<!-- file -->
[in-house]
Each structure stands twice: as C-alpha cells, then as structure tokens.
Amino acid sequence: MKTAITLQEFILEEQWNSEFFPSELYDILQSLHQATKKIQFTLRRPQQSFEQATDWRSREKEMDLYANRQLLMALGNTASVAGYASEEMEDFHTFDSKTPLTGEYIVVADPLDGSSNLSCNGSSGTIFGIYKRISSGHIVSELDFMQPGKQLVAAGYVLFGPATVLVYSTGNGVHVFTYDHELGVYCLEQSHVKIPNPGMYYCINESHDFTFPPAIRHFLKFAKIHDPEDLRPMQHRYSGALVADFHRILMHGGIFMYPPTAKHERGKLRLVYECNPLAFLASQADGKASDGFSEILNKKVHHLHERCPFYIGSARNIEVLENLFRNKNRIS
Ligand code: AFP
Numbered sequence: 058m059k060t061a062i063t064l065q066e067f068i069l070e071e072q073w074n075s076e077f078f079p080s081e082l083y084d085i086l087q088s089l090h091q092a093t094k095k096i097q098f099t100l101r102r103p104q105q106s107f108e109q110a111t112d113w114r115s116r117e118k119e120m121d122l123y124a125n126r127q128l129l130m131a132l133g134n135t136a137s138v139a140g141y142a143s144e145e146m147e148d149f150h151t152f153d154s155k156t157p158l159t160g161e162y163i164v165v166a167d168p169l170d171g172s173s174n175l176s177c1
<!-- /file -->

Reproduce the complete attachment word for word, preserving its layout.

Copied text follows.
[in-house]
Each structure stands twice: as C-alpha cells, then as structure tokens.
Amino acid sequence: MKTAITLQEFILEEQWNSEFFPSELYDILQSLHQATKKIQFTLRRPQQSFEQATDWRSREKEMDLYANRQLLMALGNTASVAGYASEEMEDFHTFDSKTPLTGEYIVVADPLDGSSNLSCNGSSGTIFGIYKRISSGHIVSELDFMQPGKQLVAAGYVLFGPATVLVYSTGNGVHVFTYDHELGVYCLEQSHVKIPNPGMYYCINESHDFTFPPAIRHFLKFAKIHDPEDLRPMQHRYSGALVADFHRILMHGGIFMYPPTAKHERGKLRLVYECNPLAFLASQADGKASDGFSEILNKKVHHLHERCPFYIGSARNIEVLENLFRNKNRIS
Ligand code: AFP
Numbered sequence: 058m059k060t061a062i063t064l065q066e067f068i069l070e071e072q073w074n075s076e077f078f079p080s081e082l083y084d085i086l087q088s089l090h091q092a093t094k095k096i097q098f099t100l101r102r103p104q105q106s107f108e109q110a111t112d113w114r115s116r117e118k119e120m121d122l123y124a125n126r127q128l129l130m131a132l133g134n135t136a137s138v139a140g141y142a143s144e145e146m147e148d149f150h151t152f153d154s155k156t157p158l159t160g161e162y163i164v165v166a167d168p169l170d171g172s173s174n175l176s177c1